Warning

 

Close

Confirm Action

Are you sure you wish to do this?

Confirm Cancel
Member Login
Posted: 9/7/2004 11:01:48 PM EST
[Last Edit: 9/7/2004 11:10:04 PM EST by mtechgunman]
Ok, i need some homework help. It is for a chem class.

Here is the problem:


If the concentration of mercury in the water of a polluted lake is 0.41 µg per liter of water, what is the total mass (kg) of mercury in the lake? The lake has a surface area of 100 square miles and an average depth of 25 feet.

µg= 1x10^-6 m


anybody know how to do this?

the answer has to be in kg.
Link Posted: 9/7/2004 11:35:22 PM EST
Link Posted: 9/7/2004 11:36:12 PM EST
How old are you?


First find the volume of the lake and convert to Liters

Hints : 1 mile = 5280 feet & 1 liter = .0353cubic feet


Then when you have the number of liters multiply by 0.41 to get the micrograms then convert micro grams to Kg
Link Posted: 9/7/2004 11:40:56 PM EST

Originally Posted By FredM:
How old are you?


First find the volume of the lake and convert to Liters

Hints : 1 mile = 5280 feet & 1 liter = .0353cubic feet


Then when you have the number of liters multiply by 0.41 to get the micrograms then convert micro grams to Kg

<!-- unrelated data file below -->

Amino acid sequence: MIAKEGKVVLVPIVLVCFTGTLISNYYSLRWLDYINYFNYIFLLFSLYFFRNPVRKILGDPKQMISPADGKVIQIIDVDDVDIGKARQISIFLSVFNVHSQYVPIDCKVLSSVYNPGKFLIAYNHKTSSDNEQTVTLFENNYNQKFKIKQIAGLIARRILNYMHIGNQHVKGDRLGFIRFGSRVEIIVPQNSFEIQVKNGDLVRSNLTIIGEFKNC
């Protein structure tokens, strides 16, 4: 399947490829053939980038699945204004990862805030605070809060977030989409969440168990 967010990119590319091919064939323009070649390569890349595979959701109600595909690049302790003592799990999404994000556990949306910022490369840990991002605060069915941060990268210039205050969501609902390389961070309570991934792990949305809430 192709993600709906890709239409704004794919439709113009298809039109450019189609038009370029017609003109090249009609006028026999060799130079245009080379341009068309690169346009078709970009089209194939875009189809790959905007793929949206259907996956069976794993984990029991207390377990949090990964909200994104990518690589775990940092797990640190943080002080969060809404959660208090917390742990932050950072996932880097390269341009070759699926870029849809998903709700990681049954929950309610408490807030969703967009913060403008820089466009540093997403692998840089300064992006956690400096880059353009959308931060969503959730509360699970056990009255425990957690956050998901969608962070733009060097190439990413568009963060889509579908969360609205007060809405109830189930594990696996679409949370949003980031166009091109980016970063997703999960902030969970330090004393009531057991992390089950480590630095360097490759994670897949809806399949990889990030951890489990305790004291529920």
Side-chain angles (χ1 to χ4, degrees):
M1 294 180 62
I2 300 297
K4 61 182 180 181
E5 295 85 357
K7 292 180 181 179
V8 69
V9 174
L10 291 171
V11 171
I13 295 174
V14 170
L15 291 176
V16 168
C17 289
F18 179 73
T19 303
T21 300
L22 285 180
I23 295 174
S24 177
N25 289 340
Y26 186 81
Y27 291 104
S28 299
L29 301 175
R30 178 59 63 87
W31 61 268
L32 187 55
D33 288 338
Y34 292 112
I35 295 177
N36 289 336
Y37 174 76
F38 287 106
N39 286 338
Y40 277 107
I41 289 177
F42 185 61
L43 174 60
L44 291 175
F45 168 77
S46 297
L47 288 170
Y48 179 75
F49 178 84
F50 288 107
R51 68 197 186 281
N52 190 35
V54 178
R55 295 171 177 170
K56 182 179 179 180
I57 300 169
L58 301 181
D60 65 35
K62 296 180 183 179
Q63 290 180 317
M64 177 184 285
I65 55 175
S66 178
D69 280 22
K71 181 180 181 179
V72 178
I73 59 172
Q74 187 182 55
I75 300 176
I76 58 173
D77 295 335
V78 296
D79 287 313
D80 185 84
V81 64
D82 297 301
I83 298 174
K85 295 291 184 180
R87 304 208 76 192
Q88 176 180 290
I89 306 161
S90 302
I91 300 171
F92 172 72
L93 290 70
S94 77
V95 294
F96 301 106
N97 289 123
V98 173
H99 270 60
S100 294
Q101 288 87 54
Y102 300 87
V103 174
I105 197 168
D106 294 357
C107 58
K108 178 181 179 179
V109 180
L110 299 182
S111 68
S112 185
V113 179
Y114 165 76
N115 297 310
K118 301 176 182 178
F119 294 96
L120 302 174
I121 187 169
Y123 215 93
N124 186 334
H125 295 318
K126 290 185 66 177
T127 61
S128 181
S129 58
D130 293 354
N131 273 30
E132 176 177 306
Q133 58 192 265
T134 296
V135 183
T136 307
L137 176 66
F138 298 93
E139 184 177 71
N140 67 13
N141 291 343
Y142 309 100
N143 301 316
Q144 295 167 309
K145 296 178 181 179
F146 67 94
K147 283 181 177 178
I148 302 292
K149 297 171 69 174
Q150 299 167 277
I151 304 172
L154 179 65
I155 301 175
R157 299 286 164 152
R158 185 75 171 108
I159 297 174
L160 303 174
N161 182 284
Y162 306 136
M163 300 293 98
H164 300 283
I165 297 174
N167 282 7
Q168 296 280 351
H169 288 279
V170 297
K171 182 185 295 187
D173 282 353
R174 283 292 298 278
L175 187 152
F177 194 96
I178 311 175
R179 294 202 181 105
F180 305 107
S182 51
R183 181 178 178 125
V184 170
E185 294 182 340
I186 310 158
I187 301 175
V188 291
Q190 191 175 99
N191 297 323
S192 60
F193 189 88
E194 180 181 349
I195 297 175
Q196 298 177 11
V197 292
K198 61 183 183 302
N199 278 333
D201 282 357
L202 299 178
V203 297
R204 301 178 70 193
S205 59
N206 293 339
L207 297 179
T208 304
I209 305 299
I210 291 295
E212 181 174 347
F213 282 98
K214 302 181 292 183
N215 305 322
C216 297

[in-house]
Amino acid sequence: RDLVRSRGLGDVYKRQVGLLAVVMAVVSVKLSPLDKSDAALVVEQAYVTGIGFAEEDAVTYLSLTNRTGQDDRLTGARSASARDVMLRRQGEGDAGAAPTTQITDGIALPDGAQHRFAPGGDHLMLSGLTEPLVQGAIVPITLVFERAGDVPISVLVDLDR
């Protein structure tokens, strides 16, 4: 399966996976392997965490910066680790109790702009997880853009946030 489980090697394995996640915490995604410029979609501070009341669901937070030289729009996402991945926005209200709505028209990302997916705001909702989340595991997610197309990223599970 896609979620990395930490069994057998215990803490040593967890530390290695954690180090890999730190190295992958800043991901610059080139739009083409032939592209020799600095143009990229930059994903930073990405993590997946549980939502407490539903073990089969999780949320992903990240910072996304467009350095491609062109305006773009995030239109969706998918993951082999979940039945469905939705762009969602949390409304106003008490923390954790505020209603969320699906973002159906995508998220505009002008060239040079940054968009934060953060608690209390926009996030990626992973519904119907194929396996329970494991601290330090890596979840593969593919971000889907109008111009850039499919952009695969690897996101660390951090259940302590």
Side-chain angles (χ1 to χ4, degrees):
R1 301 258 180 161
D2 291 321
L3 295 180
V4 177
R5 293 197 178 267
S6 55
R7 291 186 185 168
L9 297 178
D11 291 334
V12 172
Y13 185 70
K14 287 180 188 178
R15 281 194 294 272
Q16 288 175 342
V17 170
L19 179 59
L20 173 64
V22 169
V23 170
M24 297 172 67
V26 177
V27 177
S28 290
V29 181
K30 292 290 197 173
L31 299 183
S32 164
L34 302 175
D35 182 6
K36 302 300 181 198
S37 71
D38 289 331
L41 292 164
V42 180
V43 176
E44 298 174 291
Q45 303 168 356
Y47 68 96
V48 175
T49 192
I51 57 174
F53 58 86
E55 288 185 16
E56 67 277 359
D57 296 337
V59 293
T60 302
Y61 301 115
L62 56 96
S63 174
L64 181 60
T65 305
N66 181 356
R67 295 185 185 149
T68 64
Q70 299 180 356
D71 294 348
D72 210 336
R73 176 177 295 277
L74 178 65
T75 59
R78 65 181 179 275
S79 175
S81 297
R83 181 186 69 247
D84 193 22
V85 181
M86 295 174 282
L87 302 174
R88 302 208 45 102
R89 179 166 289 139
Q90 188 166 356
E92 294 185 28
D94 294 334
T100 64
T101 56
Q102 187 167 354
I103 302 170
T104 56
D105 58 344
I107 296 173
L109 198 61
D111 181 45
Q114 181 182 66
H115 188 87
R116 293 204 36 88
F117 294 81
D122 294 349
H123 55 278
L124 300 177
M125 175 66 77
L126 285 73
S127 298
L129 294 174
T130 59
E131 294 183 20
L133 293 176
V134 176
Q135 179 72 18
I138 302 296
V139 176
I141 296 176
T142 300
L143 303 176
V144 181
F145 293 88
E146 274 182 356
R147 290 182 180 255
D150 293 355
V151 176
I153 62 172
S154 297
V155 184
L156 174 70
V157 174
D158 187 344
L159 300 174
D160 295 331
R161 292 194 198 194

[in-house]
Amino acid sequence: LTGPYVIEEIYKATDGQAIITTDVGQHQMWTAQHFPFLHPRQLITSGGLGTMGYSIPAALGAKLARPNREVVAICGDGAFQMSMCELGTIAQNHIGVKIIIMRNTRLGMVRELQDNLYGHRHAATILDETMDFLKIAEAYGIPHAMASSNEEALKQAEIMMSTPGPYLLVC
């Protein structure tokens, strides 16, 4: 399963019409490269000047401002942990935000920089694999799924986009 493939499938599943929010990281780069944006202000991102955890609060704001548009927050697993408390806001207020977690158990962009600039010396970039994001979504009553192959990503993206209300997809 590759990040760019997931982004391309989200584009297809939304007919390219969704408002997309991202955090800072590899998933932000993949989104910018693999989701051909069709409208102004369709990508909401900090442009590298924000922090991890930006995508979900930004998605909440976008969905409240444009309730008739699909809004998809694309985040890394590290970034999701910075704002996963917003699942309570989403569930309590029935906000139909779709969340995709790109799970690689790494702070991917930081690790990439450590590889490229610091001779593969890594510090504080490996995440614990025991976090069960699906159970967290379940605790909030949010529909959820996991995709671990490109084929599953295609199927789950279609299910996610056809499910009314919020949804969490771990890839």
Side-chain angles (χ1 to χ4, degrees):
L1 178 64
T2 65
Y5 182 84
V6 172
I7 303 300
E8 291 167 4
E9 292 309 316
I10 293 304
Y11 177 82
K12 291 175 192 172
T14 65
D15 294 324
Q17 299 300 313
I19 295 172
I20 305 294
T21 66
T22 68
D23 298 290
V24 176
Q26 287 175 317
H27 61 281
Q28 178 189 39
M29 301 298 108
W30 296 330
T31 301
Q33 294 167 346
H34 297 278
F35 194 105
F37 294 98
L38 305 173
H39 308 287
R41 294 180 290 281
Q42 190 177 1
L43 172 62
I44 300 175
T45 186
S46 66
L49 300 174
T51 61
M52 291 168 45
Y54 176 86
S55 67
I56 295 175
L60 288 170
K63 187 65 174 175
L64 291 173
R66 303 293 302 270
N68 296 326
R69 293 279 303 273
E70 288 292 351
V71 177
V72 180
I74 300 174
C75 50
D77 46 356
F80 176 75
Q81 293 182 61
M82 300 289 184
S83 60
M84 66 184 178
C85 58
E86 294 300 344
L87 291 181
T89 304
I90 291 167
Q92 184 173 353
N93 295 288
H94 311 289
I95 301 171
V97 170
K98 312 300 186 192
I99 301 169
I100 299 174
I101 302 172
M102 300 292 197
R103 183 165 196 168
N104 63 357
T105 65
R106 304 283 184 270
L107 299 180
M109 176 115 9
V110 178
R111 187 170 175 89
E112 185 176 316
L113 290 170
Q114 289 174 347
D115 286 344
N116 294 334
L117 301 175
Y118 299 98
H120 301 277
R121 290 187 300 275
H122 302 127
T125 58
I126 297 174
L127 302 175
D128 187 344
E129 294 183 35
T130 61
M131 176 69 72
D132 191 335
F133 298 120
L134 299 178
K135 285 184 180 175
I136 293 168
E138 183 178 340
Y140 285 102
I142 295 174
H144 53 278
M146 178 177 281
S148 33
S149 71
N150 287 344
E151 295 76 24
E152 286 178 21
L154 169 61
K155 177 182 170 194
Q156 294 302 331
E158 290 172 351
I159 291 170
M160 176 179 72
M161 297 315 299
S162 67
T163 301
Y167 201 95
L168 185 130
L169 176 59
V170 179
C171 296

almost 19.

Thanks abunch everyone.
Link Posted: 9/7/2004 11:42:37 PM EST
FrdM-No need to be a dick about it. What the hell does his age have to do with a chemistry class?

But yes, you have the density, conert your volume to liters, multiply and you have your mass. Count your decimals and remember to keep your units straight.

Simplified problem:

You have one gram of X/ liter of water. you have five liters of water. How many grams of X do you have?

5 grams.
Link Posted: 9/7/2004 11:44:13 PM EST
I sucked at math so I'm not getting involved
Link Posted: 9/7/2004 11:45:53 PM EST

Originally Posted By twonami:
I sucked at math so I'm not getting involved



don't worry, its not math. its chem.
Link Posted: 9/7/2004 11:47:16 PM EST

Originally Posted By mtechgunman:

Originally Posted By twonami:
I sucked at math so I'm not getting involved



don't worry, its not math. its chem.


numbers bad
Link Posted: 9/8/2004 12:39:13 AM EST

Originally Posted By tfod:
FrdM-No need to be a dick about it. What the hell does his age have to do with a chemistry class?

But yes, you have the density, conert your volume to liters, multiply and you have your mass. Count your decimals and remember to keep your units straight.

Simplified problem:

You have one gram of X/ liter of water. you have five liters of water. How many grams of X do you have?

5 grams.



Who's being a dick? I just helped him!
Link Posted: 9/8/2004 12:42:46 AM EST
Normal water or compressed water?
Link Posted: 9/8/2004 12:49:42 AM EST
Explanations above are fine.

This is the first problem I did out since Calculus freshman year. Honestly having done anything outside of the basics since.

History major rawks.


- BG
Link Posted: 9/8/2004 12:50:59 AM EST

Originally Posted By Taxman:
Normal water or compressed water?




Top Top